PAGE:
Interacting with the World

Communication and language

How do we select words when we speak?

How do our emotions influence what we say and how we say things?

  • What happens to our language abilities when we can’t hear?
  • How is language used to influence others?
  • What happens when we have a word at the tip of our tongue?
  • How does tone of voice impact reactions and motivations in others?
  • How do bilingual speakers manage to stay in control of their two languages?
  • What are the best ways to communicate the risks of life changing issues such as health behaviours and climate change?

Our internationally recognised members of staff working on these and other language related questions use a range of techniques to study the psychology of language.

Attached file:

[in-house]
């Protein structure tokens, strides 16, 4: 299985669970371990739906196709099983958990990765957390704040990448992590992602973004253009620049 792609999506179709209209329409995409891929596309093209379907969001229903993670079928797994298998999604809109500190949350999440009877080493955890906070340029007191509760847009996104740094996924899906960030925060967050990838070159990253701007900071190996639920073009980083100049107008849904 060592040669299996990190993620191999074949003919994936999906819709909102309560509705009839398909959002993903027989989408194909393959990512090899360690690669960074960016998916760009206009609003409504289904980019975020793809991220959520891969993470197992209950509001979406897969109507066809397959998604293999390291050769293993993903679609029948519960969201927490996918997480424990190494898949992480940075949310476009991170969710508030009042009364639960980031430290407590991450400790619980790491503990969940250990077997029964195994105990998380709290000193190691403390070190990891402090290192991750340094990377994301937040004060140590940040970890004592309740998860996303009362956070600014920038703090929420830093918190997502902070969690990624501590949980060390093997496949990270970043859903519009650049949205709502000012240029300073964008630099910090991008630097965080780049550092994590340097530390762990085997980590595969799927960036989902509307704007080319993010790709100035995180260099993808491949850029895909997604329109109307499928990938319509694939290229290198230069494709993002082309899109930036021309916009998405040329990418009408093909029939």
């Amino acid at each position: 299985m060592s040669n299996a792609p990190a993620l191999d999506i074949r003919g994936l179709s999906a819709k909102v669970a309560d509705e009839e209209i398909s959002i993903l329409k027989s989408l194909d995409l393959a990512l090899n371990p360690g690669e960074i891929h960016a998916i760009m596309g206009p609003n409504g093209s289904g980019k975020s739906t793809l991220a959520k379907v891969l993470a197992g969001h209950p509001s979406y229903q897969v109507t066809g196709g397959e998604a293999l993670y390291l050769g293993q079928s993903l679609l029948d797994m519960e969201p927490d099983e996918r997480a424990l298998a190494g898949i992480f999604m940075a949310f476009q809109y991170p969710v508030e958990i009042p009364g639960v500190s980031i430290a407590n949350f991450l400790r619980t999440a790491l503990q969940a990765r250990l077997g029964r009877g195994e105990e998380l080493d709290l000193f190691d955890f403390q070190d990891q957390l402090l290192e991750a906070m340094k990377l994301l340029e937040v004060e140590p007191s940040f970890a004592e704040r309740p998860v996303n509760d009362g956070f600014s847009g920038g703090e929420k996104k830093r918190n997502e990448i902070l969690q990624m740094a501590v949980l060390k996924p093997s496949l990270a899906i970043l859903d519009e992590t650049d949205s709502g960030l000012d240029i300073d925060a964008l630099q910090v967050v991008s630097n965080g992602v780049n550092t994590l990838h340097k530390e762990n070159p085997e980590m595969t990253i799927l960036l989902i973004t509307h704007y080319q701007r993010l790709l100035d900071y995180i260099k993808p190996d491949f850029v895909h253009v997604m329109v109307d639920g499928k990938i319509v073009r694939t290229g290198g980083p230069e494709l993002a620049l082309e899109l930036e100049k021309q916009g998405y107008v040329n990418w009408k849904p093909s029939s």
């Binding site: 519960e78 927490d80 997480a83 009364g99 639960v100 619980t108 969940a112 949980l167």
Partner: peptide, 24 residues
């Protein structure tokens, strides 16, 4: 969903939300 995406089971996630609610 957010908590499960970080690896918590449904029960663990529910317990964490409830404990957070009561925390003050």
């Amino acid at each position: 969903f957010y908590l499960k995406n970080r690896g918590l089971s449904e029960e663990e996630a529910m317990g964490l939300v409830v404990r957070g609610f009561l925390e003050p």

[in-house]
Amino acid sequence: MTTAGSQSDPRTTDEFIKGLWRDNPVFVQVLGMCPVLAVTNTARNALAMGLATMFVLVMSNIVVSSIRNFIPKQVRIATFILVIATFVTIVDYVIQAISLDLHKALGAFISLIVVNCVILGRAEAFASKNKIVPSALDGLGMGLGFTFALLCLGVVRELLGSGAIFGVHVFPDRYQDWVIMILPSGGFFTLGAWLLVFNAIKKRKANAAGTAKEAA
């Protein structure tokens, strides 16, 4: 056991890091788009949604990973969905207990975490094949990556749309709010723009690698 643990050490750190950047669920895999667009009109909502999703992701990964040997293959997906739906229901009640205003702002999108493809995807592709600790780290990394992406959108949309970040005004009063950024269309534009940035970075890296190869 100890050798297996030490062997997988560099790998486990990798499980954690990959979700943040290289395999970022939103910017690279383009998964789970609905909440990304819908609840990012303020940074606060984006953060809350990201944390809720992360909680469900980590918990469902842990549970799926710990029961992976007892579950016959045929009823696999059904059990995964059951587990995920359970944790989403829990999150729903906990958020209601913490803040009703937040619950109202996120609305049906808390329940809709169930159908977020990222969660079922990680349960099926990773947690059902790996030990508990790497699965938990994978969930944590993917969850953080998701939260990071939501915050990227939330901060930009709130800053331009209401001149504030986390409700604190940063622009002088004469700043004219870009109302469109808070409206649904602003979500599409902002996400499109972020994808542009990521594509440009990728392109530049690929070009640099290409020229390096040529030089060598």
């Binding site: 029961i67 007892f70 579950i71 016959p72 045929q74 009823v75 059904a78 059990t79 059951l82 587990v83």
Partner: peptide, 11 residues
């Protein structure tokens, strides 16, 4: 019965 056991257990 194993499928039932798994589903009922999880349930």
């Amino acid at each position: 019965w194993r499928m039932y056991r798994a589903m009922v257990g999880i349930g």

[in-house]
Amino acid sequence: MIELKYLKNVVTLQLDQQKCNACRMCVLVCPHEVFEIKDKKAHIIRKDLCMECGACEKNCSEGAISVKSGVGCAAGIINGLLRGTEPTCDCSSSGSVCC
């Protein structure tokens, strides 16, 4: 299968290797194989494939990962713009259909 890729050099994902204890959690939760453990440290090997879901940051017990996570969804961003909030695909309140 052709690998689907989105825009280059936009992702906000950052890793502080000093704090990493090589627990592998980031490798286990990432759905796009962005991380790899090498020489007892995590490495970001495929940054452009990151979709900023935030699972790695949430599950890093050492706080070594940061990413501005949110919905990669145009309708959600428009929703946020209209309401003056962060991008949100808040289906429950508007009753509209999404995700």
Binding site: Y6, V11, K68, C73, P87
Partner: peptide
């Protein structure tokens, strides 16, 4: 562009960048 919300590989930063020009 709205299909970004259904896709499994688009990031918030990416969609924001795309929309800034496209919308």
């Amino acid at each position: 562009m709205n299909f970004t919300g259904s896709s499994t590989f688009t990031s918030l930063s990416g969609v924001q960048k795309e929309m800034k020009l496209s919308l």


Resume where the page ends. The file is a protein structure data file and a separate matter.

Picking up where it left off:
Methodological expertise ranges from traditional techniques such as measuring how long it takes to produce or perceive language (known as reaction time studies), to eye movement studies while reading or listening to language, through to electro-physiological measurements of language processing. We also have expertise in acoustically analysing speech.

We explore language related processes in young children, adolescents, and young and older adults. Some of us also study how language is processed in special populations including brain lesion patients.

Our research often covers related areas such as risk, judgement and decision makingcross-cultural studies, emotion, and motivation.



Supermarket shelves covered with rows of brightly coloured cans and bottles of drinks.
Podcast: Food Labels, the COVID-19 Vaccine, and Scientific Peer-Review: It's All About Communication

In this podcast we talk to Dr Dawn Holford, whose research looks at understanding how individuals make sense of information presented numerically – such as in percentages – as opposed to information that is presented verbally or in written words.

Listen to the podcast